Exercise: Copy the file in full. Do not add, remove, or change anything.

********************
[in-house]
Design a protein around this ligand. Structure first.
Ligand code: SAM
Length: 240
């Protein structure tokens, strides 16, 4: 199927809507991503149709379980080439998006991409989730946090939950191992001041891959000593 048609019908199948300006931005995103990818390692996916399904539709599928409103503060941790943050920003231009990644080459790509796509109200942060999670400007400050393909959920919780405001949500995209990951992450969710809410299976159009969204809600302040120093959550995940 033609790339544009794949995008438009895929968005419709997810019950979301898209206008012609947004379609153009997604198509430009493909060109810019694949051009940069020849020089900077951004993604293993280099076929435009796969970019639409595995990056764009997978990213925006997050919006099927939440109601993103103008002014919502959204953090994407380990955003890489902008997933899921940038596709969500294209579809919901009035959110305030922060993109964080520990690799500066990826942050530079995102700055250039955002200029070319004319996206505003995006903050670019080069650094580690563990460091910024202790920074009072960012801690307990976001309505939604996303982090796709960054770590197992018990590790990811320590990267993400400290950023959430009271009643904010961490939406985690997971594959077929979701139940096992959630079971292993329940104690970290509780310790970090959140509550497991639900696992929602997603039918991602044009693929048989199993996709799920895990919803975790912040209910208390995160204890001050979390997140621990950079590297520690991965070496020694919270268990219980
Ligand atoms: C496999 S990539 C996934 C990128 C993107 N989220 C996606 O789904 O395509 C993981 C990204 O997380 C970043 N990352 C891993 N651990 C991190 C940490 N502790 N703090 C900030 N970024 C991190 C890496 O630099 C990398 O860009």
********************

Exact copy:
[in-house]
Design a protein around this ligand. Structure first.
Ligand code: SAM
Length: 240
């Protein structure tokens, strides 16, 4: 199927809507991503149709379980080439998006991409989730946090939950191992001041891959000593 048609019908199948300006931005995103990818390692996916399904539709599928409103503060941790943050920003231009990644080459790509796509109200942060999670400007400050393909959920919780405001949500995209990951992450969710809410299976159009969204809600302040120093959550995940 033609790339544009794949995008438009895929968005419709997810019950979301898209206008012609947004379609153009997604198509430009493909060109810019694949051009940069020849020089900077951004993604293993280099076929435009796969970019639409595995990056764009997978990213925006997050919006099927939440109601993103103008002014919502959204953090994407380990955003890489902008997933899921940038596709969500294209579809919901009035959110305030922060993109964080520990690799500066990826942050530079995102700055250039955002200029070319004319996206505003995006903050670019080069650094580690563990460091910024202790920074009072960012801690307990976001309505939604996303982090796709960054770590197992018990590790990811320590990267993400400290950023959430009271009643904010961490939406985690997971594959077929979701139940096992959630079971292993329940104690970290509780310790970090959140509550497991639900696992929602997603039918991602044009693929048989199993996709799920895990919803975790912040209910208390995160204890001050979390997140621990950079590297520690991965070496020694919270268990219980
Ligand atoms: C496999 S990539 C996934 C990128 C993107 N989220 C996606 O789904 O395509 C993981 C990204 O997380 C970043 N990352 C891993 N651990 C991190 C940490 N502790 N703090 C900030 N970024 C991190 C890496 O630099 C990398 O860009």